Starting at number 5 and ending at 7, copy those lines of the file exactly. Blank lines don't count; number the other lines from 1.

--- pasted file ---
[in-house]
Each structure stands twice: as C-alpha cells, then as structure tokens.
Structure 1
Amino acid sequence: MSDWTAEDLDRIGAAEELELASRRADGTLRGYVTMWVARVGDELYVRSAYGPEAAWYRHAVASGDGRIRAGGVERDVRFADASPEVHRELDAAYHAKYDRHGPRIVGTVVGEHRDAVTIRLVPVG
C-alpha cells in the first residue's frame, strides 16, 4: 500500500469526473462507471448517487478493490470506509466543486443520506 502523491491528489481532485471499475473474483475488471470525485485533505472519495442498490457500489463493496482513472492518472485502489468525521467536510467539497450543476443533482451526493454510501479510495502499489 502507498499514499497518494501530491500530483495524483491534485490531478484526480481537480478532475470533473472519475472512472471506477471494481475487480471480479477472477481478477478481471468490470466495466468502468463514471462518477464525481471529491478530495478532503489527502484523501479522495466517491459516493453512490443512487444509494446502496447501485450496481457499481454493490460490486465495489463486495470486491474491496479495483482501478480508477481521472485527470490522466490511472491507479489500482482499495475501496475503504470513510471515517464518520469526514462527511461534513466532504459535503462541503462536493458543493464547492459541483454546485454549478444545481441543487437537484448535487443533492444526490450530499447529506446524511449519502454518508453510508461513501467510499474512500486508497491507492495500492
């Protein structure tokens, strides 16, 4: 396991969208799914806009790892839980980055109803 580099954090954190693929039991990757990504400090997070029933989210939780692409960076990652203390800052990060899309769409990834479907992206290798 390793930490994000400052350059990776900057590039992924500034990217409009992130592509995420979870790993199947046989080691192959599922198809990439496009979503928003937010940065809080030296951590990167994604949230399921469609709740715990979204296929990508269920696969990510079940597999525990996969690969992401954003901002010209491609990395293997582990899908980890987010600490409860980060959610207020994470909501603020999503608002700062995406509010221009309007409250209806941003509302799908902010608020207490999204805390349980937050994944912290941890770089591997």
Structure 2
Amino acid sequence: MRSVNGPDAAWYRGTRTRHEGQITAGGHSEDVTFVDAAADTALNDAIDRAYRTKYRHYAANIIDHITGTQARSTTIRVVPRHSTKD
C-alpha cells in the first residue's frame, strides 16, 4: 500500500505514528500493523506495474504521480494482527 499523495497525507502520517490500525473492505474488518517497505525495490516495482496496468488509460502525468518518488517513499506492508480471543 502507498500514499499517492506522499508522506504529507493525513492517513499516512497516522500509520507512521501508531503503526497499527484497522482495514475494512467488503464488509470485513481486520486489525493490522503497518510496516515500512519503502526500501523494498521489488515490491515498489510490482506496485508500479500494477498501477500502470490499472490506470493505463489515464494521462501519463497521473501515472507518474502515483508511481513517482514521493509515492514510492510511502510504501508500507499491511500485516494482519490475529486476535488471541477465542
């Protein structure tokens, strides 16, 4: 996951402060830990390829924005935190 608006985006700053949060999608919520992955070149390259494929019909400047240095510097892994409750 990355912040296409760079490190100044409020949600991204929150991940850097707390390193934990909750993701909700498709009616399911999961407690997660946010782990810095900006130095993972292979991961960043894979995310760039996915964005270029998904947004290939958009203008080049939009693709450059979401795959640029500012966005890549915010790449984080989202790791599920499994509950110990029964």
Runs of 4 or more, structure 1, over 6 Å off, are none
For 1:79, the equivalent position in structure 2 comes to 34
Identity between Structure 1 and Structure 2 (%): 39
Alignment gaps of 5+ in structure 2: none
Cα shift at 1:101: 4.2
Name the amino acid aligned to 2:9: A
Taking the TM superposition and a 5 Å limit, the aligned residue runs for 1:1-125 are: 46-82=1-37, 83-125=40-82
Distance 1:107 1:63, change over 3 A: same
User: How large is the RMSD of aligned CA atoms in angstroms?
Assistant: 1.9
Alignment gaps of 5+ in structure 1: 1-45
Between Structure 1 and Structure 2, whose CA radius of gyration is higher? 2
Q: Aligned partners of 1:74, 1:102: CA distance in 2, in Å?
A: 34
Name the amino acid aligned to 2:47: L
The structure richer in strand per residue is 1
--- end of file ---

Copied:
C-alpha cells in the first residue's frame, strides 16, 4: 500500500469526473462507471448517487478493490470506509466543486443520506 502523491491528489481532485471499475473474483475488471470525485485533505472519495442498490457500489463493496482513472492518472485502489468525521467536510467539497450543476443533482451526493454510501479510495502499489 502507498499514499497518494501530491500530483495524483491534485490531478484526480481537480478532475470533473472519475472512472471506477471494481475487480471480479477472477481478477478481471468490470466495466468502468463514471462518477464525481471529491478530495478532503489527502484523501479522495466517491459516493453512490443512487444509494446502496447501485450496481457499481454493490460490486465495489463486495470486491474491496479495483482501478480508477481521472485527470490522466490511472491507479489500482482499495475501496475503504470513510471515517464518520469526514462527511461534513466532504459535503462541503462536493458543493464547492459541483454546485454549478444545481441543487437537484448535487443533492444526490450530499447529506446524511449519502454518508453510508461513501467510499474512500486508497491507492495500492
């Protein structure tokens, strides 16, 4: 396991969208799914806009790892839980980055109803 580099954090954190693929039991990757990504400090997070029933989210939780692409960076990652203390800052990060899309769409990834479907992206290798 390793930490994000400052350059990776900057590039992924500034990217409009992130592509995420979870790993199947046989080691192959599922198809990439496009979503928003937010940065809080030296951590990167994604949230399921469609709740715990979204296929990508269920696969990510079940597999525990996969690969992401954003901002010209491609990395293997582990899908980890987010600490409860980060959610207020994470909501603020999503608002700062995406509010221009309007409250209806941003509302799908902010608020207490999204805390349980937050994944912290941890770089591997």
Structure 2